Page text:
Chris Christie Gov. Chris Christie (Mel Evans / AP)

Highest poll number ever. “New Jersey voters today continue Gov. Christopher Christie’s record-breaking 74-22 percent approval rating, the highest of any New Jersey governor in 17 years of Quinnipiac University surveys. Voters also say 71-23 percent that Gov. Christie deserves reelection this year.”

Slowest recovery ever. “Eventually the forecasters will be right, and the U.S. economy will grow at 3 or 4 or 5 percent and return to its full potential. Unfortunately, we don’t know how long ‘eventually’ might be.”

Toughest debate review ever. From one of the co-chairs of the presidential debate commission: “We made one mistake this time: Her name is Candy.”

Clearest statement ever in the Obama era. “In his first official visit to the country, Florida Sen. Marco Rubio told Israel’s president on Wednesday that Jerusalem is ‘of course the capital of your country.’ He reiterated America’s bipartisan support for Israel.”

Simplest. “The combination of a cap on tax expenditures and a reform of entitlement programs would stabilize federal finances over the next decade. Once this is achieved, Republicans and Democrats should also be able to agree on some short-term increases in government spending to improve the nation’s infrastructure and stimulate a more rapid economic recovery. But structural reductions in future deficits are the crucial context for any increase in near-term government spending.”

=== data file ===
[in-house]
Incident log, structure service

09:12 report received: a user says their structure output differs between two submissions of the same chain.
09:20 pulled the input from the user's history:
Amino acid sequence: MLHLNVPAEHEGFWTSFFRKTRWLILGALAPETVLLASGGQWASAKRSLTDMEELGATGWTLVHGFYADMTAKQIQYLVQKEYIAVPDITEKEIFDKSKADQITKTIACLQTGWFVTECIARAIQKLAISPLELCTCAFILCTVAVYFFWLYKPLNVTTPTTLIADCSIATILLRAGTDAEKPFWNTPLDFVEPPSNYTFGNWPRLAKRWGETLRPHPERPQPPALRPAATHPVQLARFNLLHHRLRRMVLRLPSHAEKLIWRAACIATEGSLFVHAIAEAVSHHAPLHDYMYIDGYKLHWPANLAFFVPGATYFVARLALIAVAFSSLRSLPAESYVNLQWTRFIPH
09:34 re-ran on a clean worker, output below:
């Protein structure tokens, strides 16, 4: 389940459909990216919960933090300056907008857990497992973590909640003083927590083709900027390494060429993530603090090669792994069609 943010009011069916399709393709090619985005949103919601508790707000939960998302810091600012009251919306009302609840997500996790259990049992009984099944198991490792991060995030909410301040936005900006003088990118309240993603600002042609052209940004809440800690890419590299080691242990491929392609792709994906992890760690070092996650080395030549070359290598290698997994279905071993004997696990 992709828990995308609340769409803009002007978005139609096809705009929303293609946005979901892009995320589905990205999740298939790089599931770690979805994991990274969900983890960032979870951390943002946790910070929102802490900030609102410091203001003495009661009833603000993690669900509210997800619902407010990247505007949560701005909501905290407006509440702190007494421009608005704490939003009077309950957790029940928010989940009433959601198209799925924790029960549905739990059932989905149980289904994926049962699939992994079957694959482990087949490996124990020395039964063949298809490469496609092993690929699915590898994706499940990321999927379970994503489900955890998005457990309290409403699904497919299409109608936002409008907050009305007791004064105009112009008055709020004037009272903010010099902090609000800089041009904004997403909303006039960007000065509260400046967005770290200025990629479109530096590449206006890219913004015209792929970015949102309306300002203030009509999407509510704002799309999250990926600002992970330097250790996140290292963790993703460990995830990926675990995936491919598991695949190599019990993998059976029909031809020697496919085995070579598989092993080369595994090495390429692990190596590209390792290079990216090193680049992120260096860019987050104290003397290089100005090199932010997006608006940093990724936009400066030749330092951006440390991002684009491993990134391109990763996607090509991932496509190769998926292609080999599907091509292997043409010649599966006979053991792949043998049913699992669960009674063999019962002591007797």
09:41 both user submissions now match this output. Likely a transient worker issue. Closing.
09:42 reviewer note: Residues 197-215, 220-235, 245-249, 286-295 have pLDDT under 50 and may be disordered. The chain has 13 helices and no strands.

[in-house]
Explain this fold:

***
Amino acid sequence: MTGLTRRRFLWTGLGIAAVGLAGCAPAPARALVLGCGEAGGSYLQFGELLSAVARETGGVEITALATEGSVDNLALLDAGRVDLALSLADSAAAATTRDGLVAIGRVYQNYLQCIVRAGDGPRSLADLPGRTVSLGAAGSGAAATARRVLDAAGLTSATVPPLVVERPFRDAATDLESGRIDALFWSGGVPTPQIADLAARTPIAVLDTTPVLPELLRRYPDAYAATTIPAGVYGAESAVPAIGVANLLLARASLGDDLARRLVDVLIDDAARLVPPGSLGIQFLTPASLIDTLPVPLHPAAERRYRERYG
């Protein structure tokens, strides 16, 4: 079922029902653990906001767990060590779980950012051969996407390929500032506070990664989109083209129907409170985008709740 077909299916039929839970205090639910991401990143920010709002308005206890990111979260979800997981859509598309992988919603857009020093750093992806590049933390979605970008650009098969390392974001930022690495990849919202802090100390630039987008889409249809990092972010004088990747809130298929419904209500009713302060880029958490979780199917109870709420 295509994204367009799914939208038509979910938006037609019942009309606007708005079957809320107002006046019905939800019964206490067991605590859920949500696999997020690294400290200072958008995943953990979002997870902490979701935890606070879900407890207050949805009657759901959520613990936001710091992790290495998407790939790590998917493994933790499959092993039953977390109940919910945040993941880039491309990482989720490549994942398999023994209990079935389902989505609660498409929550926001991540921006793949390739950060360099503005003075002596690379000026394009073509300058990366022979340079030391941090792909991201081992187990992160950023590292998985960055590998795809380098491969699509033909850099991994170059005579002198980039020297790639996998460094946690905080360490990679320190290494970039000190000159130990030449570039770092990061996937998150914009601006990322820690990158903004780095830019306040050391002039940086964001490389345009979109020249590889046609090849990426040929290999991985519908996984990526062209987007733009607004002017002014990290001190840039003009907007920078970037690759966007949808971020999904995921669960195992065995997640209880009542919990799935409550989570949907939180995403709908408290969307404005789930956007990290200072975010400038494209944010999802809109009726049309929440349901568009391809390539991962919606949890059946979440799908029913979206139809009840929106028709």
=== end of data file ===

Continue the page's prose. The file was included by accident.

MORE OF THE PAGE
Stupidest (since Todd Akin). “‘When was the last time you heard about a rape on campus?’ Fox’s liberal host of The Five, Bob Beckel, said Tuesday — to the shock of his cohosts.” A conservative who said that would be fired by now.

Likeliest change in 2014. Instead of Dems taking the House, it could be the GOP taking the Senate: “Twenty-one of the 35 [Senate] seats up for election are now held by Democrats. Moreover, most [of] the states that will be casting ballots for the Senate in 2014 are Republican leaning: 7 of the 21 Democratic-held seats are in states carried by the former Republican presidential nominee, Mitt Romney, while just one of the Republican seats is in a state won by President Obama. . . .Without having Mr. Obama on the ballot, and with an electorate that is likely to be older and whiter than in presidential years, some Democrats may find that their 2008 coattails have turned into a midterm headwind instead.”